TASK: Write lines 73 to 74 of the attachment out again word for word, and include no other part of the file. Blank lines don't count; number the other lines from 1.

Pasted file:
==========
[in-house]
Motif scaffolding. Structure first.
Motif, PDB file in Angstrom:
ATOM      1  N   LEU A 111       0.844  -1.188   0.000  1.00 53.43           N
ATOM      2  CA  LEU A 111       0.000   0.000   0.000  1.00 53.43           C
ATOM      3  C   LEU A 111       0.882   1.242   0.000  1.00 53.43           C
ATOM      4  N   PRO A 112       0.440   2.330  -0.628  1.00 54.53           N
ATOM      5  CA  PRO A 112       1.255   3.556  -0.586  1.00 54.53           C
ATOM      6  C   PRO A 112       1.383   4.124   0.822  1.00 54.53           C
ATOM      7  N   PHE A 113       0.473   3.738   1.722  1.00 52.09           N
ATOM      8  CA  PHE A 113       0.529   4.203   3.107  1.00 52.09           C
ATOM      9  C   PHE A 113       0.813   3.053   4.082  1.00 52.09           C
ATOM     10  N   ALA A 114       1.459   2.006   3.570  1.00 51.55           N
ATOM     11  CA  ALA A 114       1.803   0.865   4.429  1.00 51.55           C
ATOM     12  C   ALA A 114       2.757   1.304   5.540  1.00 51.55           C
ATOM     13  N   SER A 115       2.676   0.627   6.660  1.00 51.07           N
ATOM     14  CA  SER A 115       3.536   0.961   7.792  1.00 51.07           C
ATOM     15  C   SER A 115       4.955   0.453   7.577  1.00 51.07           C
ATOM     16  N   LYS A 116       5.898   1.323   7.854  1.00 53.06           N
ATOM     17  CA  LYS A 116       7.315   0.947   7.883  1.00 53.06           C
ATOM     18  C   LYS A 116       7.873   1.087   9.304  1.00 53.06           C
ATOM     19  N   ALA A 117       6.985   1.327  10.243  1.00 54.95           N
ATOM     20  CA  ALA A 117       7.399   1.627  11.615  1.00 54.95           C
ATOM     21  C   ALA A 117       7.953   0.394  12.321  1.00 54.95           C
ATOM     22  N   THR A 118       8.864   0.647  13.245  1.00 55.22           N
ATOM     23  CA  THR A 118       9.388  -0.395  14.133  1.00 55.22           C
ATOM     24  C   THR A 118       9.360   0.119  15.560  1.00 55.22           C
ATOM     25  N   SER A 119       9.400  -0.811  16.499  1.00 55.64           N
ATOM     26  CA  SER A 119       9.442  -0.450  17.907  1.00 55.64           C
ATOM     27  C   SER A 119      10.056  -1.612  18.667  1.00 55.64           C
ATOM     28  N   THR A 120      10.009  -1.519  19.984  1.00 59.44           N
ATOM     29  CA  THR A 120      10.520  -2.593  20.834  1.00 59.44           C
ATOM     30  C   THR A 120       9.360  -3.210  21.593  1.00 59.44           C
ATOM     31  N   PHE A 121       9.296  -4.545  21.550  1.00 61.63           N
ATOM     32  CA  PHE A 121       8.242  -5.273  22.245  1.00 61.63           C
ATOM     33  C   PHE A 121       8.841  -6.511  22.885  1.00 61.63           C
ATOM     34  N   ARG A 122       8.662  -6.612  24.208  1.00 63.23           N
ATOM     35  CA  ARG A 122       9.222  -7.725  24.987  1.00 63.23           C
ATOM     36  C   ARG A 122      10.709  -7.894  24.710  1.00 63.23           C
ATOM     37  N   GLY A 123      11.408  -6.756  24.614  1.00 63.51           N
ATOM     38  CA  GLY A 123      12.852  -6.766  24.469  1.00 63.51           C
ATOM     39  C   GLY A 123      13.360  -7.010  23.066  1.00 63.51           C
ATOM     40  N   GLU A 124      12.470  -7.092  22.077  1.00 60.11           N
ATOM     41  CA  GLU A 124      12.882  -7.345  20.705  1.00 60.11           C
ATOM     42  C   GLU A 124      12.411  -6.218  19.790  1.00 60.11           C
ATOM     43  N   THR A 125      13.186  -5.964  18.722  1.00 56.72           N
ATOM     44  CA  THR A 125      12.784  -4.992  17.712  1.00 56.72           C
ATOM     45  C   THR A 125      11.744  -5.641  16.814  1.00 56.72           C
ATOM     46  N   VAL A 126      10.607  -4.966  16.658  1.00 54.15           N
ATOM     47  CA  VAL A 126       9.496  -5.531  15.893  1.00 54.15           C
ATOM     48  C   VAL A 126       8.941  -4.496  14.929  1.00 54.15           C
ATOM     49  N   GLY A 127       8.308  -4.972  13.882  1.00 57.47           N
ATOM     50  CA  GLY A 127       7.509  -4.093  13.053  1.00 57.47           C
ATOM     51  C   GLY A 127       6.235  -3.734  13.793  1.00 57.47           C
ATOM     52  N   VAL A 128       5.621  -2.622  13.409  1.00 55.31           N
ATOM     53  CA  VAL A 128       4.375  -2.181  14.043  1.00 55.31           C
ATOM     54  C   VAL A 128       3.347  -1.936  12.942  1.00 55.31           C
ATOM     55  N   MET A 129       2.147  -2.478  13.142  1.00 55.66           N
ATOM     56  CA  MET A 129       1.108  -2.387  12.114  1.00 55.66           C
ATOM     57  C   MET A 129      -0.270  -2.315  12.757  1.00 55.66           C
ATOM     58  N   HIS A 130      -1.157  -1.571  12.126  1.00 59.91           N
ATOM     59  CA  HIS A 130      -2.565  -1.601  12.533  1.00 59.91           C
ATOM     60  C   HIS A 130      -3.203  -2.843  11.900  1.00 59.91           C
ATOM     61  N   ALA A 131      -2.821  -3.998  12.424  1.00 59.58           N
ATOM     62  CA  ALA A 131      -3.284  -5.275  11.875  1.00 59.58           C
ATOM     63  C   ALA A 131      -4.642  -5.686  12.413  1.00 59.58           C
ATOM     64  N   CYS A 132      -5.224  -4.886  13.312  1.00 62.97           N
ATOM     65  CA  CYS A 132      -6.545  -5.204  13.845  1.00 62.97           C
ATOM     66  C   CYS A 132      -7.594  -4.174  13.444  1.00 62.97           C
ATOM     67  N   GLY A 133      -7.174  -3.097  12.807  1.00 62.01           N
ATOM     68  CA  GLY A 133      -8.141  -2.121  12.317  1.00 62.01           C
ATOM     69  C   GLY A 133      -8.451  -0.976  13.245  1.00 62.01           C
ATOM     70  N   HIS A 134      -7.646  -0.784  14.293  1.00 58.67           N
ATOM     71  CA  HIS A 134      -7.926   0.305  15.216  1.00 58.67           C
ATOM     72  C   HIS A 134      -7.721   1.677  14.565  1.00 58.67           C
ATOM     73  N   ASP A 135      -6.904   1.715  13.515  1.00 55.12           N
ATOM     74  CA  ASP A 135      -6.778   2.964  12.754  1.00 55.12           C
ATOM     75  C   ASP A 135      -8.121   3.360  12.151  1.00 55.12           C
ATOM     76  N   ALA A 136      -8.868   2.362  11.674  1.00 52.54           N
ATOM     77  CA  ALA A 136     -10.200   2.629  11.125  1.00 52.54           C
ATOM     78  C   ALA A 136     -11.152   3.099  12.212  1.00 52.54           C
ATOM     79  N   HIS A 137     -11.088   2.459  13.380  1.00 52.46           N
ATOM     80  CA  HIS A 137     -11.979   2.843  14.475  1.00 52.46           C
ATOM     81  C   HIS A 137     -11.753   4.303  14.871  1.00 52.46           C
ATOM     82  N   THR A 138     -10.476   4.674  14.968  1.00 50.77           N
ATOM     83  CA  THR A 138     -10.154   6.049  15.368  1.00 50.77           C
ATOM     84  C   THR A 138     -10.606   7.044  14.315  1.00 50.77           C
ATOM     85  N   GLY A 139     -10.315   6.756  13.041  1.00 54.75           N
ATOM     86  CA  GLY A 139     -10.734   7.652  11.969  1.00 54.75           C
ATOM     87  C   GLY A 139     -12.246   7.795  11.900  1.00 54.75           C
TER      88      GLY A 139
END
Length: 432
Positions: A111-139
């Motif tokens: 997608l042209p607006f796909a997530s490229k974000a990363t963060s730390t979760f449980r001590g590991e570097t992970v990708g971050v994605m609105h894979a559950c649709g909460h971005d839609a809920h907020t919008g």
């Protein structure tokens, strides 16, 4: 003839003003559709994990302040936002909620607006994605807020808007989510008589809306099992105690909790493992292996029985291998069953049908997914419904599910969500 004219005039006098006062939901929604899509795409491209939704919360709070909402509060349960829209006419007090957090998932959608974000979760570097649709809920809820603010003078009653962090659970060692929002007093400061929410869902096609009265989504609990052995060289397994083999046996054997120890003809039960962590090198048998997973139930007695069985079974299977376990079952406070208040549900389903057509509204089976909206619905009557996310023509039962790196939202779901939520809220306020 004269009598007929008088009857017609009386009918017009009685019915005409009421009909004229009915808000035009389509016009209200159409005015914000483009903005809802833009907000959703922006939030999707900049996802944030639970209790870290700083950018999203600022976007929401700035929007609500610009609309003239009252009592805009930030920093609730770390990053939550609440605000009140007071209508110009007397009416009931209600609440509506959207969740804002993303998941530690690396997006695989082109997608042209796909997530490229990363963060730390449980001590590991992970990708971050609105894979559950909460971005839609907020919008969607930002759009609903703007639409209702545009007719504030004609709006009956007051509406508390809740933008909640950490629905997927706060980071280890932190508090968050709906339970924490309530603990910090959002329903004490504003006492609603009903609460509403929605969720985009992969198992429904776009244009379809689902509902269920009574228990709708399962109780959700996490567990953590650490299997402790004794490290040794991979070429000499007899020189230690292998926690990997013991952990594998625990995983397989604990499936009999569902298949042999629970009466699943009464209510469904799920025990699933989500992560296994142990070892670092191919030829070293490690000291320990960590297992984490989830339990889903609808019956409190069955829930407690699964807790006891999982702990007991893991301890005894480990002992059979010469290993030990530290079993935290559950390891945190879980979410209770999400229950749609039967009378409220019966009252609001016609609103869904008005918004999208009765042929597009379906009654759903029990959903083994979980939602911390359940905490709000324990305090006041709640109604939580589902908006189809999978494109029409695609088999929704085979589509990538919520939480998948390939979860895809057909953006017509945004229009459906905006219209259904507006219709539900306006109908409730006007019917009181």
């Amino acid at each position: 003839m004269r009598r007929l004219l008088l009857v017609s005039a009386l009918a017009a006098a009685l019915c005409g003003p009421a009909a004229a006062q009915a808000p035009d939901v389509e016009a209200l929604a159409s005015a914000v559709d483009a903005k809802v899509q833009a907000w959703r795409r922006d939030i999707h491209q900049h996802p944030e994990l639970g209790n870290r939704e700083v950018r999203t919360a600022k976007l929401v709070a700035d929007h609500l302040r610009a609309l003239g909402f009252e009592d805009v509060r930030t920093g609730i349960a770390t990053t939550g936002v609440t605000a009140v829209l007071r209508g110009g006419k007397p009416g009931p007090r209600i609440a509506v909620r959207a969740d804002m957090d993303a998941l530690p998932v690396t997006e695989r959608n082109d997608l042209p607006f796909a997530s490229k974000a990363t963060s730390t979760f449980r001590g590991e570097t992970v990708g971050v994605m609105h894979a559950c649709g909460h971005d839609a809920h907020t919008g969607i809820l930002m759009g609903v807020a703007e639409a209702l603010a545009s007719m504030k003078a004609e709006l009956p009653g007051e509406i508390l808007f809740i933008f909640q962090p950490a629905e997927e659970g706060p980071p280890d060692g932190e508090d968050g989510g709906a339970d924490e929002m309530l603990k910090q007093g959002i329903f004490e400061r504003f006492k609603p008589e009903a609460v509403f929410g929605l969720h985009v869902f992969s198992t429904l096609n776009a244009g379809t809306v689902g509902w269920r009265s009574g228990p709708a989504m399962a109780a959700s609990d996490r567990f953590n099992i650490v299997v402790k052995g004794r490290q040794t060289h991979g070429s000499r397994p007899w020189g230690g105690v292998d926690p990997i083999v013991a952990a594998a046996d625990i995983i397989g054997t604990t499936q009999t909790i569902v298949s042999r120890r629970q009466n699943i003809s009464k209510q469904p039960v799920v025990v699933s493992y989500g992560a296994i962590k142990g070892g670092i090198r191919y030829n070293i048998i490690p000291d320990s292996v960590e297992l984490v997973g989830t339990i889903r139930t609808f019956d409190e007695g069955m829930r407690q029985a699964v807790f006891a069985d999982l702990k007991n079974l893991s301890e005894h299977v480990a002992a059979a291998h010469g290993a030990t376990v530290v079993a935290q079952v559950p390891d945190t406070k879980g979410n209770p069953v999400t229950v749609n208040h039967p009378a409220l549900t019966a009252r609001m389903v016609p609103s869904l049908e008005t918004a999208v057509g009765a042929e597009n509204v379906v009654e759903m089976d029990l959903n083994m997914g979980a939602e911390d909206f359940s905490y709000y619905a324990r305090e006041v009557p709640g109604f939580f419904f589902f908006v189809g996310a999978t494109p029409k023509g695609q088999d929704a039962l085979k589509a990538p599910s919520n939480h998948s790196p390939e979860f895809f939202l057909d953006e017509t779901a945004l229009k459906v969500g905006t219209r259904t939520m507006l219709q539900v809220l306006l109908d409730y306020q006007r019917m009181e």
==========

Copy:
ATOM     70  N   HIS A 134      -7.646  -0.784  14.293  1.00 58.67           N
ATOM     71  CA  HIS A 134      -7.926   0.305  15.216  1.00 58.67           C